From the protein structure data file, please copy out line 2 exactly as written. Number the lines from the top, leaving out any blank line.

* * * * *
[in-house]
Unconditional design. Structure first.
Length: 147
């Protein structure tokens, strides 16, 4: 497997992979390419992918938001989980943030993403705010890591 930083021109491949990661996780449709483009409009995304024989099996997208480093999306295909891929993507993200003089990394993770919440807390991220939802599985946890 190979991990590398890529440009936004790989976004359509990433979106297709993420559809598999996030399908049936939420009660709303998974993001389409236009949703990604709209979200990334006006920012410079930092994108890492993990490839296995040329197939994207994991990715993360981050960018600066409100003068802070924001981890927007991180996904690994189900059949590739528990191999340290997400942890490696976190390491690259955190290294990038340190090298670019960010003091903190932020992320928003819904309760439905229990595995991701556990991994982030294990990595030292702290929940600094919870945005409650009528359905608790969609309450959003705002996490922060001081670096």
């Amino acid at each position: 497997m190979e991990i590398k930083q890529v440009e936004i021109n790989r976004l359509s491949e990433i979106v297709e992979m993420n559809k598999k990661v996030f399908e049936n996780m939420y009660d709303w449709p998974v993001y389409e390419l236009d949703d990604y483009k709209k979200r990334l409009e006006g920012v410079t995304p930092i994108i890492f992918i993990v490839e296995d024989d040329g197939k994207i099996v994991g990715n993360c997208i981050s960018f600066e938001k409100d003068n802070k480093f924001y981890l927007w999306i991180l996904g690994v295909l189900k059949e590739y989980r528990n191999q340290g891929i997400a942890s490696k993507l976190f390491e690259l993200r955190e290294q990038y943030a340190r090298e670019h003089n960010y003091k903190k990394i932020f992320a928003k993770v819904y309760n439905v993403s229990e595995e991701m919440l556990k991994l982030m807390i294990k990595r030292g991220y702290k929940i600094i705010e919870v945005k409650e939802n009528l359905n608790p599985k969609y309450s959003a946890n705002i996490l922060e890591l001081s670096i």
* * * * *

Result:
Unconditional design. Structure first.